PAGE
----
According to the American Cancer Society, approximately one in nine men will be diagnosed with prostate cancer in their lifetime. It’s both the second most common cancer and second most common cause of cancer death in American men. Early detection is critical and can increase a man’s chances of survival.
Imaging has become an essential component of modern medicine. I believe it will become more and more important with precision medicine. If you use imaging together with other techniques, you can actually better customize a treatment for a specific patient.”
Pingkun Yan, assistant professor of biomedical engineering, Rensselaer Polytechnic Institute
Yan recently received the latest in a series of grants -; totaling more than $1 million combined -; aimed at advancing current imaging technology, and developing new tools for diagnosis and treatment delivery. The most recent award, from the National Institute of Biomedical Imaging and Bioengineering, will help him improve an image fusion technique -; currently used clinically to enable biopsies for diagnosis -; without external tracking devices.
Right now, Yan said, magnetic resonance (MR) imaging produces pictures that help identify the cancer. That information is then combined with transrectal ultrasound imaging, which helps guide the biopsy. Though this can work fairly well when done properly, combining these two imaging modalities is difficult and is open to error. An additional tracking device is required that is both expensive and cumbersome, and any patient movement that causes the prostate to change position makes the fused images unreliable.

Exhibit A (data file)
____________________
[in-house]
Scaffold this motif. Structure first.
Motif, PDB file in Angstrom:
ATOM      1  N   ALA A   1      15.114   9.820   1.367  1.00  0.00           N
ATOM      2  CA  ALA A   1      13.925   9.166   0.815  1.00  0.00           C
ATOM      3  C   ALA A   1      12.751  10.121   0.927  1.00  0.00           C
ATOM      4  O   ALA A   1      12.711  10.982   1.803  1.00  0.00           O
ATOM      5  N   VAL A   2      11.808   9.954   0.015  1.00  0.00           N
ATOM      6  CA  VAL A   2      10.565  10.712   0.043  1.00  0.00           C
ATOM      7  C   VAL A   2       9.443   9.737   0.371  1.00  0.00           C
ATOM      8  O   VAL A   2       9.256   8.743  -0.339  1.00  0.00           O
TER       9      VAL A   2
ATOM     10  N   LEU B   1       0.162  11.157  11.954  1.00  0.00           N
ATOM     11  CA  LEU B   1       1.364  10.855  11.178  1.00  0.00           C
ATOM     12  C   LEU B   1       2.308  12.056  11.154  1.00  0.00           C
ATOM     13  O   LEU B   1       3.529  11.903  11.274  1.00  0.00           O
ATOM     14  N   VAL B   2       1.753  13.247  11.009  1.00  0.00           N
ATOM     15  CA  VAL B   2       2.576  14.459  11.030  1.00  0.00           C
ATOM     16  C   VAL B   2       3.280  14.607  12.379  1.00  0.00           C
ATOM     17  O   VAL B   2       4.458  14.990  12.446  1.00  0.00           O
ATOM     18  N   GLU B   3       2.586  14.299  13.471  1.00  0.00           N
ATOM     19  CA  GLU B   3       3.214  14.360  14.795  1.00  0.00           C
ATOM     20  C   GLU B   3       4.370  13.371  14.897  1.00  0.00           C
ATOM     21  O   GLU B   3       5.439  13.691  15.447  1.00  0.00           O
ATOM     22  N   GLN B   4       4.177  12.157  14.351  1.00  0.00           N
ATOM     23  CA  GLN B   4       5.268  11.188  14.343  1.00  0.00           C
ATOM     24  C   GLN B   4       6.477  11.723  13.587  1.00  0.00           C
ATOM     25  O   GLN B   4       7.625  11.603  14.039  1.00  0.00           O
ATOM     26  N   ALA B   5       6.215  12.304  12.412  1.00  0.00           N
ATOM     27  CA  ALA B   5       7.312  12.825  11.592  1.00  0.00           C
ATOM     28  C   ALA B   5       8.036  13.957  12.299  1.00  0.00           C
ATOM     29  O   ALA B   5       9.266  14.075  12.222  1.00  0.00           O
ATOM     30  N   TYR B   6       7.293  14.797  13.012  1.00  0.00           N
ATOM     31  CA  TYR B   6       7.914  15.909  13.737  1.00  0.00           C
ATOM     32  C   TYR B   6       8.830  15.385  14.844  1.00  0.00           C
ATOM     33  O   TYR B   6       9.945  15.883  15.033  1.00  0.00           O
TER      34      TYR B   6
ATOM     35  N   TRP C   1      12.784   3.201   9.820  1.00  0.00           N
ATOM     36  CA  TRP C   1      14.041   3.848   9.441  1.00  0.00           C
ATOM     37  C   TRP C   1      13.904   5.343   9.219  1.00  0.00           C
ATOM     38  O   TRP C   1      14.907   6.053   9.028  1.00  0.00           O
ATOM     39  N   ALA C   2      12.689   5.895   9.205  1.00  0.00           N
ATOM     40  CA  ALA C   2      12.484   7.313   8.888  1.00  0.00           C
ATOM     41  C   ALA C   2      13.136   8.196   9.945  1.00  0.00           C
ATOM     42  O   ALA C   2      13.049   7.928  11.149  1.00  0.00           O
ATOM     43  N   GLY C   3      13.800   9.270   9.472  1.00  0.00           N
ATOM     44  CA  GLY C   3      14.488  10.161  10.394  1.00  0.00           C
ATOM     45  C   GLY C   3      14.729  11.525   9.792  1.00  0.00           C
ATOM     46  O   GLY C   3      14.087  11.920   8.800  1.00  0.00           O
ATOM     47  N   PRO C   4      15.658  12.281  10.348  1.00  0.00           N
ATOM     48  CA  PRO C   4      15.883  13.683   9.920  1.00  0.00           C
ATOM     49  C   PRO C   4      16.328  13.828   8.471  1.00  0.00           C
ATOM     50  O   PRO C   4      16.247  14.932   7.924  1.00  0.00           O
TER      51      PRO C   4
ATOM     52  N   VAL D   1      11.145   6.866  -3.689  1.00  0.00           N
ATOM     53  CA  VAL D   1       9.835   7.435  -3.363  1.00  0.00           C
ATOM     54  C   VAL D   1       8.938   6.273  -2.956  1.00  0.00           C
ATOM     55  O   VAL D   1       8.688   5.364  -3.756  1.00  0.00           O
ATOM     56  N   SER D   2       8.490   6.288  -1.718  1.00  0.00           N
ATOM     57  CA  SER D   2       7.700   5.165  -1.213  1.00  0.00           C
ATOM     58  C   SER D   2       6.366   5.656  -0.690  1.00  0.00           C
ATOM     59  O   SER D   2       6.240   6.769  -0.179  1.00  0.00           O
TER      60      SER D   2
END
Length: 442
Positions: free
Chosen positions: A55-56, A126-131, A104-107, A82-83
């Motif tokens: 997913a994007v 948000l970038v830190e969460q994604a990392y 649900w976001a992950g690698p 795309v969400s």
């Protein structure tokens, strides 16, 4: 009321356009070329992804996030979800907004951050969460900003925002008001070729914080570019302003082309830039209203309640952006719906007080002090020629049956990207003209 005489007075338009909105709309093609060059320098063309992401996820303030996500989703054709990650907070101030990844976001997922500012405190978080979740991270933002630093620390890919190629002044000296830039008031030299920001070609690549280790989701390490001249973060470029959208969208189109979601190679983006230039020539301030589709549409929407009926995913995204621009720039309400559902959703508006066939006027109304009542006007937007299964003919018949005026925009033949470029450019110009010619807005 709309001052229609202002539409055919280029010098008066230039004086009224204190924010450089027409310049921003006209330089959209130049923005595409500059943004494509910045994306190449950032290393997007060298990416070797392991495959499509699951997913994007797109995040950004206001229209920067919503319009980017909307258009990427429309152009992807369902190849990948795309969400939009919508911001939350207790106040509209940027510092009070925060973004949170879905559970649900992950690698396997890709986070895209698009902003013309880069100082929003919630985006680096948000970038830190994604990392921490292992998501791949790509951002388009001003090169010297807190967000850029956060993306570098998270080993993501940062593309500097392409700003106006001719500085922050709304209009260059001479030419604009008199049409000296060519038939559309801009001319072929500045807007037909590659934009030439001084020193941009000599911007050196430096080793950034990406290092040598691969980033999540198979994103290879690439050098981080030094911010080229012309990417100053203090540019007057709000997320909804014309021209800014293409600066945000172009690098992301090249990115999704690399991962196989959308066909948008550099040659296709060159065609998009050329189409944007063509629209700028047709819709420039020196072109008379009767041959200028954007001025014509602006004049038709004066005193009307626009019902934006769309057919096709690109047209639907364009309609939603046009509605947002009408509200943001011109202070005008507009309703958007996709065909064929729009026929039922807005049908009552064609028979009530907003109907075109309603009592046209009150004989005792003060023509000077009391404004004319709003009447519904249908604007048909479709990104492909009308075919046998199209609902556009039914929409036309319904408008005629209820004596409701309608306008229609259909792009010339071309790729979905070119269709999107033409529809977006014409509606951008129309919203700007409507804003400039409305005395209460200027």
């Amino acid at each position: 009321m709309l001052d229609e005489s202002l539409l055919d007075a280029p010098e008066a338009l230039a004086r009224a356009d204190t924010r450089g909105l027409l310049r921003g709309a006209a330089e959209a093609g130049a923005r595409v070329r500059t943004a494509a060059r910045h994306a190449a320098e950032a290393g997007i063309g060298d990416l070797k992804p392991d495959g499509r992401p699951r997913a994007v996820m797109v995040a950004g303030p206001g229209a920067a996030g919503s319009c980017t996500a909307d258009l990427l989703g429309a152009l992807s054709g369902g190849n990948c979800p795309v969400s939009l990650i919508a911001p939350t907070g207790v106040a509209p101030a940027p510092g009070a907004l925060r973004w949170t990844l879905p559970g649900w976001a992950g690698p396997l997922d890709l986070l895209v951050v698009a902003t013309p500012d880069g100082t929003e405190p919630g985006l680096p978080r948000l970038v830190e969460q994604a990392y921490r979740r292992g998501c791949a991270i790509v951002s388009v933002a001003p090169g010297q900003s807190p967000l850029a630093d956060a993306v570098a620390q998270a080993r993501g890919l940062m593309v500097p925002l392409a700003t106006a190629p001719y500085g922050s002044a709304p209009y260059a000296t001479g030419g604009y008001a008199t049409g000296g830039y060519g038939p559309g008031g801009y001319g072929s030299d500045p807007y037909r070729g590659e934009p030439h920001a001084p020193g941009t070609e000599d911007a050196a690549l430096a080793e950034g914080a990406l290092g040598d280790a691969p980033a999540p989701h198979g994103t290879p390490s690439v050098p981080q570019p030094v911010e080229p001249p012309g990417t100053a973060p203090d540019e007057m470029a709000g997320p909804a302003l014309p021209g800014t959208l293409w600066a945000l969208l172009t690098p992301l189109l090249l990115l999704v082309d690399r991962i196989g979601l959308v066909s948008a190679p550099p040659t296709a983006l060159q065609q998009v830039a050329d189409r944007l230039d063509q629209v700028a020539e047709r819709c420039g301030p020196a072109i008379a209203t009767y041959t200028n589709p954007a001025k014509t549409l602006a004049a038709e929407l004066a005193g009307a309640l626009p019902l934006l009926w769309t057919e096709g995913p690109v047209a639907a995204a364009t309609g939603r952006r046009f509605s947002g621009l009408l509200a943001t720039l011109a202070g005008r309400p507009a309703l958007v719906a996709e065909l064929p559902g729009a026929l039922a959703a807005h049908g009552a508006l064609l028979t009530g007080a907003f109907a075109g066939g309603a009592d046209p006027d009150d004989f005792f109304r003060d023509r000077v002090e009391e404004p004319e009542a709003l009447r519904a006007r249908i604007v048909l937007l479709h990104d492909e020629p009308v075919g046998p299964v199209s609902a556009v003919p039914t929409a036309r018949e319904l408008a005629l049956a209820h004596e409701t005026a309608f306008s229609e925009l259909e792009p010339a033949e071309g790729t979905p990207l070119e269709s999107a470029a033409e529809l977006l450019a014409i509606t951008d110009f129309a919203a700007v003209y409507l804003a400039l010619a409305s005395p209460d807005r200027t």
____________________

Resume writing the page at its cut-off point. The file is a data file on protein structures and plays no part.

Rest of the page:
Using a deep learning approach, Yan plans to simplify the process. He wants medical personnel to be able to see the MR image that identifies the cancer while they are using the ultrasound to guide the biopsy, without using additional tracking devices.
“Although we target a specific application, the technology we are developing can be applied to many different applications,” Yan said. “For example, you would be able to fuse ultrasound and CT images to guide a liver biopsy, liver cancer treatment, or kidney cancer biopsy.”
Yan is also a member of the Bioimaging Center and Cancer Research Group (CARGO) based within the Rensselaer Center for Biotechnology and Interdisciplinary Studies (CBIS).
“Imaging is an essential key to our understanding, diagnosis, and treatment of disease,” said Deepak Vashishth, director of CBIS. “This foundational research that Professor Yan is doing will enable the next generation of imaging technology and help provide a new angle on cancer.”